dc.language.isoen
dc.publisherUniversity of Wolverhampton
dc.titleAn evaluation of client-generated risks in construction consultancies
dc.typeThesis or dissertation
dc.type.qualificationnamePhD
dc.type.qualificationlevelDoctoral
rioxxterms.licenseref.urihttps://creativecommons.org/licenses/by-nc-nd/4.0/
refterms.dateFOA2020-04-27T14:12:00Z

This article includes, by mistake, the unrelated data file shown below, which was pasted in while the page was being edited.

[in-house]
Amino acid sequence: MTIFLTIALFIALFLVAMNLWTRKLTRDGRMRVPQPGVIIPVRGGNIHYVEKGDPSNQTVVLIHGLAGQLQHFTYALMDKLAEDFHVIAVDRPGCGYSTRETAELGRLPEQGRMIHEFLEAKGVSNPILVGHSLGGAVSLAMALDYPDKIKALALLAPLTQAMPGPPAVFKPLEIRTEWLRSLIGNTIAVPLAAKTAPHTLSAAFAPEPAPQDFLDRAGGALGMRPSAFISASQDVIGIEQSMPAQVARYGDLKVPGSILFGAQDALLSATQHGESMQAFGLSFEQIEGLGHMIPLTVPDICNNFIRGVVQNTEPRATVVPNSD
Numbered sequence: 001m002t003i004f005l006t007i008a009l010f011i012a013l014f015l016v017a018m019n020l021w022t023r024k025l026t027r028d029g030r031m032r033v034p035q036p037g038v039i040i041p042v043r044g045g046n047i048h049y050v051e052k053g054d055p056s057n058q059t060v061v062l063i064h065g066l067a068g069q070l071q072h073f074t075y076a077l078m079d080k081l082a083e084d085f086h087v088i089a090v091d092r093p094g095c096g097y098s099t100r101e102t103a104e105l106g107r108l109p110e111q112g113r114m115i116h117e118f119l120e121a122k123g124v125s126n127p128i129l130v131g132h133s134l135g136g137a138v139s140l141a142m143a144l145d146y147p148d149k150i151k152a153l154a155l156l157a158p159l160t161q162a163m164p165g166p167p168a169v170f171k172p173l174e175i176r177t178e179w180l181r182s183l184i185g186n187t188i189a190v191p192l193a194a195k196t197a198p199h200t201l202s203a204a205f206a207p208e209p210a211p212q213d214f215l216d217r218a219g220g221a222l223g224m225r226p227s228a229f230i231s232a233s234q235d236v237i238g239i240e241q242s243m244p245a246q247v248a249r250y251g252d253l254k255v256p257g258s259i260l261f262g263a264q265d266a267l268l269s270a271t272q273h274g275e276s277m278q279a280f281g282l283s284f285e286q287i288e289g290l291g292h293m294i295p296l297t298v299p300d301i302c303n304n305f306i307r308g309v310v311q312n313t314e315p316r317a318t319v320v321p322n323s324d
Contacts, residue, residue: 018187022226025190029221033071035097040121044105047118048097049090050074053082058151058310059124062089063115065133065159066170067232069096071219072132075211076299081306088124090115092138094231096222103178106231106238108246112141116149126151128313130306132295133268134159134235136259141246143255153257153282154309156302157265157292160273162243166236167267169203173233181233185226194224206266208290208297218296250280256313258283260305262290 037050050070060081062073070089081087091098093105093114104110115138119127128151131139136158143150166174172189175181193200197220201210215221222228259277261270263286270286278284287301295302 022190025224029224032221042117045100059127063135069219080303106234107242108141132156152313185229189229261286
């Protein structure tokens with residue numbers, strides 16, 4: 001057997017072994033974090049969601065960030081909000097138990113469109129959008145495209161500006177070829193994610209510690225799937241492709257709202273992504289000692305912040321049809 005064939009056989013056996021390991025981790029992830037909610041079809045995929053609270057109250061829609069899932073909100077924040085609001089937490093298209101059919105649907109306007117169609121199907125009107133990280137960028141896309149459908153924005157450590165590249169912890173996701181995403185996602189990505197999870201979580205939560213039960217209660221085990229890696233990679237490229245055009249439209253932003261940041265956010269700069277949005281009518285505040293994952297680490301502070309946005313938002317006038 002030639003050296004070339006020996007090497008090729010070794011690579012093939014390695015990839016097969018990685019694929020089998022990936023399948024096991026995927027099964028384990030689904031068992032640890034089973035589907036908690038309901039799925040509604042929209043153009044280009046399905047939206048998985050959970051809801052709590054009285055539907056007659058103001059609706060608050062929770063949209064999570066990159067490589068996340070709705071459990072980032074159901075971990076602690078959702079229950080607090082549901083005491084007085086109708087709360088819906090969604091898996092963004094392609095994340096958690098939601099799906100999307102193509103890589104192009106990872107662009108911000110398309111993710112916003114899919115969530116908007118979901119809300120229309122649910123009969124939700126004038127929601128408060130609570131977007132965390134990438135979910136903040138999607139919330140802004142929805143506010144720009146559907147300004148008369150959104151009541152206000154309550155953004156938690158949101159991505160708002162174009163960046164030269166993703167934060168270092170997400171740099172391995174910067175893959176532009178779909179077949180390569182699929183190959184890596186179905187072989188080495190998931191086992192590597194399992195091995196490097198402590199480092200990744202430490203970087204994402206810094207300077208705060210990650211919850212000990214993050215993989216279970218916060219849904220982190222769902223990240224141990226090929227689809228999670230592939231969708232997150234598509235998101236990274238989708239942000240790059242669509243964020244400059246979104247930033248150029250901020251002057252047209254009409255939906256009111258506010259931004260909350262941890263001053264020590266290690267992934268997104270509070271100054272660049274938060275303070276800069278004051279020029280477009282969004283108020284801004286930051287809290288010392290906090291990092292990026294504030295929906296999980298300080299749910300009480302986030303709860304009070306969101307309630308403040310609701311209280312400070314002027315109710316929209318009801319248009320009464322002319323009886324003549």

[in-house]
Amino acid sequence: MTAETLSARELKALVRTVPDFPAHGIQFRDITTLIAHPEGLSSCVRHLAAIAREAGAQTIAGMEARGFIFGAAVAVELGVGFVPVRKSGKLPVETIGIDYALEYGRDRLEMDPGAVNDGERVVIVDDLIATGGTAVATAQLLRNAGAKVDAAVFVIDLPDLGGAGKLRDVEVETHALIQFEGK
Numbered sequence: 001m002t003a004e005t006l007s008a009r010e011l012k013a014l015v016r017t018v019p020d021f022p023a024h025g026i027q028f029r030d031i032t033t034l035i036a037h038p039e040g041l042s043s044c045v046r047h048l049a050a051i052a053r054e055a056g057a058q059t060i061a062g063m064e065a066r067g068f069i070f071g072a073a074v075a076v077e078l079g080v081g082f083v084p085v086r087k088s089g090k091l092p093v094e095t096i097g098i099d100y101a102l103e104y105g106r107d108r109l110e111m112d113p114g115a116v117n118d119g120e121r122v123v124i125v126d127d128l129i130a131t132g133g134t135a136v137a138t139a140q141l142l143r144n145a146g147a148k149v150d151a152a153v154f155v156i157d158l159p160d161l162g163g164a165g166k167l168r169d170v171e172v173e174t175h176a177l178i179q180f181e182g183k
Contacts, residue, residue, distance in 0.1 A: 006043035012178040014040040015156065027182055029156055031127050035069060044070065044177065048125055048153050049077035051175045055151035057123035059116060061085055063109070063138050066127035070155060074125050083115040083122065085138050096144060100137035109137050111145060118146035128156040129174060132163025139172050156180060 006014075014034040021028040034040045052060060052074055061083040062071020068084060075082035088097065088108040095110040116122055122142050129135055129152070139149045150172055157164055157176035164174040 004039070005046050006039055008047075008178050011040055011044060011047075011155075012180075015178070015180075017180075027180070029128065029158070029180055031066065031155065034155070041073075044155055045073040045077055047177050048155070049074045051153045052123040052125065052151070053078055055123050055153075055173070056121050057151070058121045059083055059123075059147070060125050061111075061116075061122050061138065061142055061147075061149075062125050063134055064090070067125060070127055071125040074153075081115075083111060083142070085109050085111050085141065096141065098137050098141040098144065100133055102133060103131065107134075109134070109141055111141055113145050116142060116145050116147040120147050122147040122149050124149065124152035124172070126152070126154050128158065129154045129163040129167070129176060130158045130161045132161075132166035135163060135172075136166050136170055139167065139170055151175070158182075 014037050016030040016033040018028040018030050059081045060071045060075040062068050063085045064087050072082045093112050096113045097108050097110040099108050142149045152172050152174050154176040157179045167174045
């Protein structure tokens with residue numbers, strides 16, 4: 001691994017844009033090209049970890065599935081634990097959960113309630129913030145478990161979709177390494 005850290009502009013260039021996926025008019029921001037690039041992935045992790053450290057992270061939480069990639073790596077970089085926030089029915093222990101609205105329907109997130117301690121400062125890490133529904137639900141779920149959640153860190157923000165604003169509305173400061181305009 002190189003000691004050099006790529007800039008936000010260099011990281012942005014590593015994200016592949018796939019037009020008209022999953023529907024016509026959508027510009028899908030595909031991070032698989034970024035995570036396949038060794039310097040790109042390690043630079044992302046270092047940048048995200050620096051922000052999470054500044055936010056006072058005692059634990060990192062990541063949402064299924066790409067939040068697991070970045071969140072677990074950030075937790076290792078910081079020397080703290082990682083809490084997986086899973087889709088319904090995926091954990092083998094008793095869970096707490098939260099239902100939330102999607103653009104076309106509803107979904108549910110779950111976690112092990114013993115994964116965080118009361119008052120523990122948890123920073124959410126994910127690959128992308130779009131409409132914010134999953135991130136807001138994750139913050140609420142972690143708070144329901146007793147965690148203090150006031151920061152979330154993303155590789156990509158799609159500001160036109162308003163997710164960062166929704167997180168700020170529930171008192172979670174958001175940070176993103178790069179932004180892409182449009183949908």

html.description.abstractTo evaluate client-generated risks, client organisations were first studied and a complexity of factors influencing the decision to build identified. The intriguing issue of whether clients and consultants have the same understanding of the responsibilities of construction clients on proposed projects was examined. Using structured questionnaires targeted at these two groups and employing the relative index ranking technique evidence seems to suggest that while clients and consultants have similar perceptions of what constitute clients' responsibilities in the construction process they attach different importance ranks to them. Partnering and long term relationships will bring them closer. The capacity of construction clients to affect the performance of their project consultants was examined. A 'good' client would exert a positive influence on consultants' project performance; the converse is true. It is prudent for consultants to be aware of project-relevant attributes of their clients and the possible effects on their commercial viability. Client attributes derived from literature and a pilot survey were presented to construction consultancies in a major survey to establish possible effects on project performance. After establishing the relationship between client attributes and consultants' project performance, current client evaluation methods were critically reviewed. While there has been much work on methods for evaluating consultants and contractors by clients, it is a rarity in literature to find previous studies on client evaluation, the little available studies are limited to the evaluation of client financial stability only and done in an adhoc manner. Only recently has the evaluation of clients by consultants started gaining ground. This is due to the increasing vulnerability of consulting and contracting firms, partly to clients' action or inaction and partly due to the unstable economic situation. The thesis then progressed on to presenting a systematised quantitative framework for evaluating construction clients based on 47 organisational attributes grouped under 10 main headings. The model which enables consultants to identify particular areas of strengths and weaknesses and suggest where specific actions are needed during project implementation was tested for applicability on 29 consrtuction projects with definitive outcomes; and was found to be more conservative in identifying project outcomes in all but two outliers. A helpful tool for evaluating client-generated risks to construction consulting firms has been developed.